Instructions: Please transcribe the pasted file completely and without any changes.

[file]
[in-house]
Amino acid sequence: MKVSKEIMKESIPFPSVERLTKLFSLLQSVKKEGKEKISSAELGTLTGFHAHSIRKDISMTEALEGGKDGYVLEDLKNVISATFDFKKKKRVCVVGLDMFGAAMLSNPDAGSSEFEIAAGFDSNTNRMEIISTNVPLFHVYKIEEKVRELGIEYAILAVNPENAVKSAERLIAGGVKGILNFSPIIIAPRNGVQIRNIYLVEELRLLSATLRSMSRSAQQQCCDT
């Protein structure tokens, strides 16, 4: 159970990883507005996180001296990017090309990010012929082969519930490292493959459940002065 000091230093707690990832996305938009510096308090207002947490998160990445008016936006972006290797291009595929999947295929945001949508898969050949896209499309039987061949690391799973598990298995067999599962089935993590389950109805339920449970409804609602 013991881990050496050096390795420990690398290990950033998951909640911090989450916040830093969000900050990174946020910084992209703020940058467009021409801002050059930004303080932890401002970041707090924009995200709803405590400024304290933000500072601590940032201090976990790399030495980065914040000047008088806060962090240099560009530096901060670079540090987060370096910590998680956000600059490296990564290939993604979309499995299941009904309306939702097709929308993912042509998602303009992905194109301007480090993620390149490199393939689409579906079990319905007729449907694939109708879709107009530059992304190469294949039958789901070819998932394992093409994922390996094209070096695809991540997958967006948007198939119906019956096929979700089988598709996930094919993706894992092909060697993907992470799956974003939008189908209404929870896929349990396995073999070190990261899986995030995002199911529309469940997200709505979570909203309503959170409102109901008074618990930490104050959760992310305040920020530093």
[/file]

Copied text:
[in-house]
Amino acid sequence: MKVSKEIMKESIPFPSVERLTKLFSLLQSVKKEGKEKISSAELGTLTGFHAHSIRKDISMTEALEGGKDGYVLEDLKNVISATFDFKKKKRVCVVGLDMFGAAMLSNPDAGSSEFEIAAGFDSNTNRMEIISTNVPLFHVYKIEEKVRELGIEYAILAVNPENAVKSAERLIAGGVKGILNFSPIIIAPRNGVQIRNIYLVEELRLLSATLRSMSRSAQQQCCDT
């Protein structure tokens, strides 16, 4: 159970990883507005996180001296990017090309990010012929082969519930490292493959459940002065 000091230093707690990832996305938009510096308090207002947490998160990445008016936006972006290797291009595929999947295929945001949508898969050949896209499309039987061949690391799973598990298995067999599962089935993590389950109805339920449970409804609602 013991881990050496050096390795420990690398290990950033998951909640911090989450916040830093969000900050990174946020910084992209703020940058467009021409801002050059930004303080932890401002970041707090924009995200709803405590400024304290933000500072601590940032201090976990790399030495980065914040000047008088806060962090240099560009530096901060670079540090987060370096910590998680956000600059490296990564290939993604979309499995299941009904309306939702097709929308993912042509998602303009992905194109301007480090993620390149490199393939689409579906079990319905007729449907694939109708879709107009530059992304190469294949039958789901070819998932394992093409994922390996094209070096695809991540997958967006948007198939119906019956096929979700089988598709996930094919993706894992092909060697993907992470799956974003939008189908209404929870896929349990396995073999070190990261899986995030995002199911529309469940997200709505979570909203309503959170409102109901008074618990930490104050959760992310305040920020530093």